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Tranter, Nigel MONTROSE: THE YOUNG MONTROSE 1972 Coronet/Hodder And Stoughton
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BOOK REVIEW - NIGEL TRANTER - MONTROSE: THE YOUNG MONTROSE 1972 Coronet/Hodder And Stoughton/ MONTROSE: THE CAPTAIN GENERAL 1973 Coronet/Hodder And Stoughton

Tranter's novels are well written, often trying to be as historically accurate as possible, and the author is at his best in his discussions of political meetings, and battle sequences of which there are understandably many. Though his overt reverence for James Graham, 5th Earl and 1st Marquis of Montrose tends to give the hero too saintly a status, and other characters are often underplayed. Some are presented simply as outright villains. The Irish, after Montrose's initial realisation that Alastair MacColla is a giant of a man, simply come across as being there, and are relegated to minor background extras. Manus O'Cahan is simply mentioned as being in charge of a regimental flank of Foote, which reduces him to a name used to describe the men on the left of field and nothing more. There are a few gaffes. At one point, Lord Hamilton storms out of a Covenanters meeting that goes badly for him, but is seen continuing to air his angry point of view there within a paragraph of this. Characters who are described as meeting some fate in later chapters are described as having been really influential in events earlier related, but in which their apparent influence on Montrose was not described when he actually covered those events directly. This is particularly apparent when Tranter describes the murder of Lord Kilpont. He isn't even listed in the cast of important characters that prefaces the book. Tranter cannot resist silly supernaturalism either, especially in Montrose's feverish vision of the dead King during his period of illness just before the Aberdeen battle. There are obvious fictional conceits such as Montrose getting frequent meetings with his wife, Magdalen on battlefields, in which he struggles to come to terms with his lack of attention to his family. He has barely met with the Irish Gallowglasses (Mercenary soldiers) when he leaves their celebration party to travel over a hundred miles to meet with her, and then makes it back before anyone notices his absence. They did meet on occasion, but not as often or in so many contrived and convenient ways as Tranter would like us to believe. These meetings add only melodrama and soap to an otherwise fine but rather too dryly written narration. There are two novels, which are actually one book in two parts. The first book takes us through to Montrose's more successful Campaigns, while the second deals with his downfall, through Philipaugh to his doomed campaigns for Charles The Second and his eventual capture, incarceration and execution.  A useful novel to read in conjunction with text books on the life and times of the same people, and a precursor to the work of later better historic novelists like MacDonald Fraser and Bernard Cornwell. Tranter will appeal to fans of the latter’s Sharpe novels.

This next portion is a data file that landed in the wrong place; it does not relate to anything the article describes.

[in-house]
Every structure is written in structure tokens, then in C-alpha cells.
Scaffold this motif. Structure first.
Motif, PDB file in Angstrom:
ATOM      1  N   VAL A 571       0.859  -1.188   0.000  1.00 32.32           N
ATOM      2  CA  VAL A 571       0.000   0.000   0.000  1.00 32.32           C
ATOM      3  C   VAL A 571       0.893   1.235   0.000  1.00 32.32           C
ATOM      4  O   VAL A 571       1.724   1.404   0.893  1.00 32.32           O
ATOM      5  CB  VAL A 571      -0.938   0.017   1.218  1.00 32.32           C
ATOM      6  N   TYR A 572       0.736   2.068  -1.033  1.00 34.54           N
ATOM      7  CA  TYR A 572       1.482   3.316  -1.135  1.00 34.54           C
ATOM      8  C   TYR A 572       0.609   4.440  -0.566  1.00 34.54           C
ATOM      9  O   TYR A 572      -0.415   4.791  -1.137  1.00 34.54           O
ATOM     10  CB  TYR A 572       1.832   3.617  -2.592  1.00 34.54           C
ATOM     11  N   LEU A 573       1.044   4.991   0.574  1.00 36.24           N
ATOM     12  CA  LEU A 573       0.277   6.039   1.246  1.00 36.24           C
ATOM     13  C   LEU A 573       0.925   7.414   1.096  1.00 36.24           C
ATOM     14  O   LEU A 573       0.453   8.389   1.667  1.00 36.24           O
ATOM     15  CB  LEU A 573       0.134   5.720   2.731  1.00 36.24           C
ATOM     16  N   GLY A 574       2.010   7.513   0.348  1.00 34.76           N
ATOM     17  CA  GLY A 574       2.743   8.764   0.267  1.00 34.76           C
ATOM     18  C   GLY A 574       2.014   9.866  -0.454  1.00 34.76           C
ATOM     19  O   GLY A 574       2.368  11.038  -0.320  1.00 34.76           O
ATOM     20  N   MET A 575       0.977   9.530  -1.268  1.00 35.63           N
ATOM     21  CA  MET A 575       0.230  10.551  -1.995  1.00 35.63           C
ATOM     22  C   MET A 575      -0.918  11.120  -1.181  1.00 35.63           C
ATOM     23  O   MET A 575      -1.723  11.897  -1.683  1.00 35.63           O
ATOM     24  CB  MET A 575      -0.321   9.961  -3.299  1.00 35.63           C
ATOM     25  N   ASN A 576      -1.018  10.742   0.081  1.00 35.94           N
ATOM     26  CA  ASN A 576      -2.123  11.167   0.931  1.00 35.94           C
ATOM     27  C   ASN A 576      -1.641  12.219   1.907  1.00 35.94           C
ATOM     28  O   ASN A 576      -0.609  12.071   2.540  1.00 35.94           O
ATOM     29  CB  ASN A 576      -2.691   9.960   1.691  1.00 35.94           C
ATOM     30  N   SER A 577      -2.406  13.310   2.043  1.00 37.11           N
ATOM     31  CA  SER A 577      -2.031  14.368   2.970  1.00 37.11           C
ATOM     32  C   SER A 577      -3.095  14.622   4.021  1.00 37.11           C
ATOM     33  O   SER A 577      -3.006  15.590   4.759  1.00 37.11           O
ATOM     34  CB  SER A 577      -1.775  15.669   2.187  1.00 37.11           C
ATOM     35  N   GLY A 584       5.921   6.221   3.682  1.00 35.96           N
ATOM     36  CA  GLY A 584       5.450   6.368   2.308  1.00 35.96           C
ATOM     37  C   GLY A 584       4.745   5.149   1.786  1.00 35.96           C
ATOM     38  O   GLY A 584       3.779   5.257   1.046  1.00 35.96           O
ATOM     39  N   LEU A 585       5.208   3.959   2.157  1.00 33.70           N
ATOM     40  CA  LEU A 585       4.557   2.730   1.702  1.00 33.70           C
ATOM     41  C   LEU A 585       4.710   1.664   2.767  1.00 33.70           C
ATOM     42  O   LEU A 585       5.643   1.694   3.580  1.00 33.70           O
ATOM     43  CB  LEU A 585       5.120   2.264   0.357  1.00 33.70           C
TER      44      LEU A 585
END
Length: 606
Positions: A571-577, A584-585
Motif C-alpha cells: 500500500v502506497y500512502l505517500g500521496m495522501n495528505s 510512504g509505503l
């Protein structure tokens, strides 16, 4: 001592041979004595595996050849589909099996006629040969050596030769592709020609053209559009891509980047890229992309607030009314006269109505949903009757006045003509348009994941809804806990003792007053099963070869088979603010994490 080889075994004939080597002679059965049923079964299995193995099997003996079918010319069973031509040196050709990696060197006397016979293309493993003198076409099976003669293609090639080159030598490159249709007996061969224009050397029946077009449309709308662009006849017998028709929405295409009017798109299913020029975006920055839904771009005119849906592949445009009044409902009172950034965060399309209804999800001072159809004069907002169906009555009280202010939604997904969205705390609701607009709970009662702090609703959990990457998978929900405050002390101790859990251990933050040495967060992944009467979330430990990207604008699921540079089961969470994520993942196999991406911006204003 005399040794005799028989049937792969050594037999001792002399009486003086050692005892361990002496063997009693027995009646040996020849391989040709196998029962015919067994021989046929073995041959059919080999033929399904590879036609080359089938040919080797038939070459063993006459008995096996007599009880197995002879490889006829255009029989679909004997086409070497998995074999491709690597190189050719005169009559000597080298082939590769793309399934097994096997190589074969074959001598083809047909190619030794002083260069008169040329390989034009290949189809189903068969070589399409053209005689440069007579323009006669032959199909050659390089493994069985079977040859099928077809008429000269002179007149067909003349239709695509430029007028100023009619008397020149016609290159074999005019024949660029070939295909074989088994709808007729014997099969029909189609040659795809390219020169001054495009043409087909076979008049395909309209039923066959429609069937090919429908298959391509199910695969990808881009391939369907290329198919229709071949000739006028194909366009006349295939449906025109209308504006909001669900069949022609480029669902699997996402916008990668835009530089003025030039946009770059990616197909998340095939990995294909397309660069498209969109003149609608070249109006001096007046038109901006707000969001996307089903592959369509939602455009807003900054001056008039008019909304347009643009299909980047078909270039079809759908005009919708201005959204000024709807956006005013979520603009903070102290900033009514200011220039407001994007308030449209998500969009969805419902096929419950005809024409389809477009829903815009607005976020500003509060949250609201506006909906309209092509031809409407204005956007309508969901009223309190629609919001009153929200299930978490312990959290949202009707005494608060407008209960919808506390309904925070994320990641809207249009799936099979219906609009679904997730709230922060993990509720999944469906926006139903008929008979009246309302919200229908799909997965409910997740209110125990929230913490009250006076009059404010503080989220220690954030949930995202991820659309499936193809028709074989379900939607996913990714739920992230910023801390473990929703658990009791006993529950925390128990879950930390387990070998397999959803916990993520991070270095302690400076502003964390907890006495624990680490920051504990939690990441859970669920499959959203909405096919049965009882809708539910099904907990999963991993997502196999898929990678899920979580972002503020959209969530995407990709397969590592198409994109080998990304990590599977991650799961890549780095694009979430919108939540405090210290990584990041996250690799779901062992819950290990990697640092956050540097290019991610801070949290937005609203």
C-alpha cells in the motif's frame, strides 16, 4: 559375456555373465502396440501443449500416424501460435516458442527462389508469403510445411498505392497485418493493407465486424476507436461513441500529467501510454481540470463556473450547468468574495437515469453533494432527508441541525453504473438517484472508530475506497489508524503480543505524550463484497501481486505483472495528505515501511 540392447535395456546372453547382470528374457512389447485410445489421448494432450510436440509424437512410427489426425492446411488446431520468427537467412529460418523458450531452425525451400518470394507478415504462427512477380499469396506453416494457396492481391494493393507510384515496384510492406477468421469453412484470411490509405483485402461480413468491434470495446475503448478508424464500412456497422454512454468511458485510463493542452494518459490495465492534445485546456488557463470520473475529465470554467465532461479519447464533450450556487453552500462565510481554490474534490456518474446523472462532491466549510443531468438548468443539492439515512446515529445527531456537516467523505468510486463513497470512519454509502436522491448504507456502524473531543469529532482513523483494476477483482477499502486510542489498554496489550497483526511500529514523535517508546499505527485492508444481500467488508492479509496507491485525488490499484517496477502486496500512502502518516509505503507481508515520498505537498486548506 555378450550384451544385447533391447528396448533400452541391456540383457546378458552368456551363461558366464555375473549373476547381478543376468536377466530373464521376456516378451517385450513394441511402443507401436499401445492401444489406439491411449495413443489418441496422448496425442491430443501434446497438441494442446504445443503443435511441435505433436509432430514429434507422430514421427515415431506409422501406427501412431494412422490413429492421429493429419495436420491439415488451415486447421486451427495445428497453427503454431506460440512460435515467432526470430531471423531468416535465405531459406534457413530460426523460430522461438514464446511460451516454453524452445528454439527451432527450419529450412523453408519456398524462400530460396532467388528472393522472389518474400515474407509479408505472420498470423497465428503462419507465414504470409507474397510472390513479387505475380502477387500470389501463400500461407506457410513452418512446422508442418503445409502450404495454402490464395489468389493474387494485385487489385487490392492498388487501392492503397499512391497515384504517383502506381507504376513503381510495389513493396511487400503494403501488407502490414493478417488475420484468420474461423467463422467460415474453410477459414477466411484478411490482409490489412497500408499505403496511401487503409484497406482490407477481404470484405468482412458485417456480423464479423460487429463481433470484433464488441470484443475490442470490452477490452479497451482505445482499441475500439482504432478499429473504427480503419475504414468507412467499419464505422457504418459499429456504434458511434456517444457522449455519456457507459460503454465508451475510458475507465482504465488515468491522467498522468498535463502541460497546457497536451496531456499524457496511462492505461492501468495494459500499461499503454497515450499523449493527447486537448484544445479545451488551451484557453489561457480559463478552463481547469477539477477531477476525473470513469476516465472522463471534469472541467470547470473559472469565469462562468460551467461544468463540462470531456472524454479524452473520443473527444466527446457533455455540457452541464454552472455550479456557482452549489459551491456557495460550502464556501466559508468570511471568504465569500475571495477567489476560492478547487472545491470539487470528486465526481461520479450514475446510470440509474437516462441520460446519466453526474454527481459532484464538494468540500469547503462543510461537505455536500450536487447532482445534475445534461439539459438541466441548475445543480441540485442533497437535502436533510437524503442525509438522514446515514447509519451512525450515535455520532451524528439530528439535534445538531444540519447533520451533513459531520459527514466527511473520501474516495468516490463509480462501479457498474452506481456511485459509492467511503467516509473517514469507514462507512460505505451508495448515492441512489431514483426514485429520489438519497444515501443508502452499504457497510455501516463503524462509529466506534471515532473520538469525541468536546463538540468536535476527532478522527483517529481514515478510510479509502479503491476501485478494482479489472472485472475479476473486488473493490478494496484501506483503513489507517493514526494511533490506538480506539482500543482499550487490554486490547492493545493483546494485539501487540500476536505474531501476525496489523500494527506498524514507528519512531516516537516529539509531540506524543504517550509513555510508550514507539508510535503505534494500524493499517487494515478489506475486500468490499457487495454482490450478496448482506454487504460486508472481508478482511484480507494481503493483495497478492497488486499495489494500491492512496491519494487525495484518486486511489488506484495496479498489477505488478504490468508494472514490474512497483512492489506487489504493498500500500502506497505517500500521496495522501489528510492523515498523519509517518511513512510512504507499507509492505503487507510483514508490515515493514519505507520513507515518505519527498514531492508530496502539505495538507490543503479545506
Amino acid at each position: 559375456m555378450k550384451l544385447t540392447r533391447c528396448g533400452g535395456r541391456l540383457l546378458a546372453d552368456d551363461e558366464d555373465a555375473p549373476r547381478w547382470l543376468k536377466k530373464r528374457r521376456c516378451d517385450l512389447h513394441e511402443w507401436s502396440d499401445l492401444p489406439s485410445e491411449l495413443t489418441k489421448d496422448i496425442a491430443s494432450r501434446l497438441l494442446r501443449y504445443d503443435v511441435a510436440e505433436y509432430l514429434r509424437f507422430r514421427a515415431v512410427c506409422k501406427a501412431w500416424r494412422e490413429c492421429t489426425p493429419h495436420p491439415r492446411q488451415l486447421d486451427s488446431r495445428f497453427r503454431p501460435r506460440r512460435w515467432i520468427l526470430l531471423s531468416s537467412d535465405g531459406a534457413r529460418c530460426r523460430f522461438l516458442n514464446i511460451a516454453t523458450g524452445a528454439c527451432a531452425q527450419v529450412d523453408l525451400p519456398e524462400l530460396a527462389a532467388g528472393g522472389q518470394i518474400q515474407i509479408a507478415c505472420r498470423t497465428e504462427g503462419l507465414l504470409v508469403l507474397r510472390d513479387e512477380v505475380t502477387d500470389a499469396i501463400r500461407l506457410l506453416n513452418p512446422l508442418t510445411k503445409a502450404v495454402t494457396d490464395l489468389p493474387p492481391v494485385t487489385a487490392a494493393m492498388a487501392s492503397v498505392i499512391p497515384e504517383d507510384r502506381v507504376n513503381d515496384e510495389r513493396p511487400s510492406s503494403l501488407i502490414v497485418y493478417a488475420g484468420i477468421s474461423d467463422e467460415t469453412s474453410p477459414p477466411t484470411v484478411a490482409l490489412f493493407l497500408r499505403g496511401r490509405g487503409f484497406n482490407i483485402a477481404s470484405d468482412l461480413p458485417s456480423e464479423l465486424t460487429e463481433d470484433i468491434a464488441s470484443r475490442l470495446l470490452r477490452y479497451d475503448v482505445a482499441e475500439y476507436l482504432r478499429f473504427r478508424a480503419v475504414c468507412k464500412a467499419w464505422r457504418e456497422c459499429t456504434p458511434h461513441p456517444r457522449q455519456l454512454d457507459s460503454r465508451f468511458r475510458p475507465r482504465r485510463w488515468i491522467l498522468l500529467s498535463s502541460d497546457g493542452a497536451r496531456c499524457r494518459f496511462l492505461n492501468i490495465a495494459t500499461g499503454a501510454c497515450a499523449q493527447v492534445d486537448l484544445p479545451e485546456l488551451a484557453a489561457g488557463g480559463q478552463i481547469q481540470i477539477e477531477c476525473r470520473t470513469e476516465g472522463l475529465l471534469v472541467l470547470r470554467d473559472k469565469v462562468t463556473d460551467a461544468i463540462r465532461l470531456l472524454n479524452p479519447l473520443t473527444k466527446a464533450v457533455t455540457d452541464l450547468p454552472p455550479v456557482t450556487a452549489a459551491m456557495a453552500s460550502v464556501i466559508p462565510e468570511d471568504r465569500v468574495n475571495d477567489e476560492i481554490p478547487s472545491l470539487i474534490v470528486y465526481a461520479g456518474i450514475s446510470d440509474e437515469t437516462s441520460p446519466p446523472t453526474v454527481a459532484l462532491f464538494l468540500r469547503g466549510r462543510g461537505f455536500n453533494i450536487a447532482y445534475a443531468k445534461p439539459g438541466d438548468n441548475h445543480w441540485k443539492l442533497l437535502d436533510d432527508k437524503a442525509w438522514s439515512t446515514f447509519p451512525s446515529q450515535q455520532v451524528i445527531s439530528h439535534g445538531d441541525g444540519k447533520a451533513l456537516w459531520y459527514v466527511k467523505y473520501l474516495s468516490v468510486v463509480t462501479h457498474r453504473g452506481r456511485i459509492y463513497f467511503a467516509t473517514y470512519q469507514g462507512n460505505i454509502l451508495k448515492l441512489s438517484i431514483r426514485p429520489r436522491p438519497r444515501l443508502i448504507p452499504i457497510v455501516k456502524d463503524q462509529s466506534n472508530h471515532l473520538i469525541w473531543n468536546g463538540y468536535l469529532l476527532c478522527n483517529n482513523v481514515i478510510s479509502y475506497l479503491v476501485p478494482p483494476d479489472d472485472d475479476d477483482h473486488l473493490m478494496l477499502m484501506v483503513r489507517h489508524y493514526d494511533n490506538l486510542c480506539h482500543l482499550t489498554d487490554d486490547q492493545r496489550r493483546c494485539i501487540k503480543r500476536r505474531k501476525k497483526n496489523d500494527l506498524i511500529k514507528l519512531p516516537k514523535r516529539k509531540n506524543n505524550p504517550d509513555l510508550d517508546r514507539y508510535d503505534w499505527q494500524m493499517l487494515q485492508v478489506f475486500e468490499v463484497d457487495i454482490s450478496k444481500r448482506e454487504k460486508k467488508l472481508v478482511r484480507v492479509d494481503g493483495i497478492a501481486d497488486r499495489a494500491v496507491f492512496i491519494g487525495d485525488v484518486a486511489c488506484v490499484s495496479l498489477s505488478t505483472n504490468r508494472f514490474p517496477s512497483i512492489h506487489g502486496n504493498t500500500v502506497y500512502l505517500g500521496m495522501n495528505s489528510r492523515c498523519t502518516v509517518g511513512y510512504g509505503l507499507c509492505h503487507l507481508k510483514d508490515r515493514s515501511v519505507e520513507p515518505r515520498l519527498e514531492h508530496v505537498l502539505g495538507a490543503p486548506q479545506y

© Copyright. Arthur Chappell

                                   

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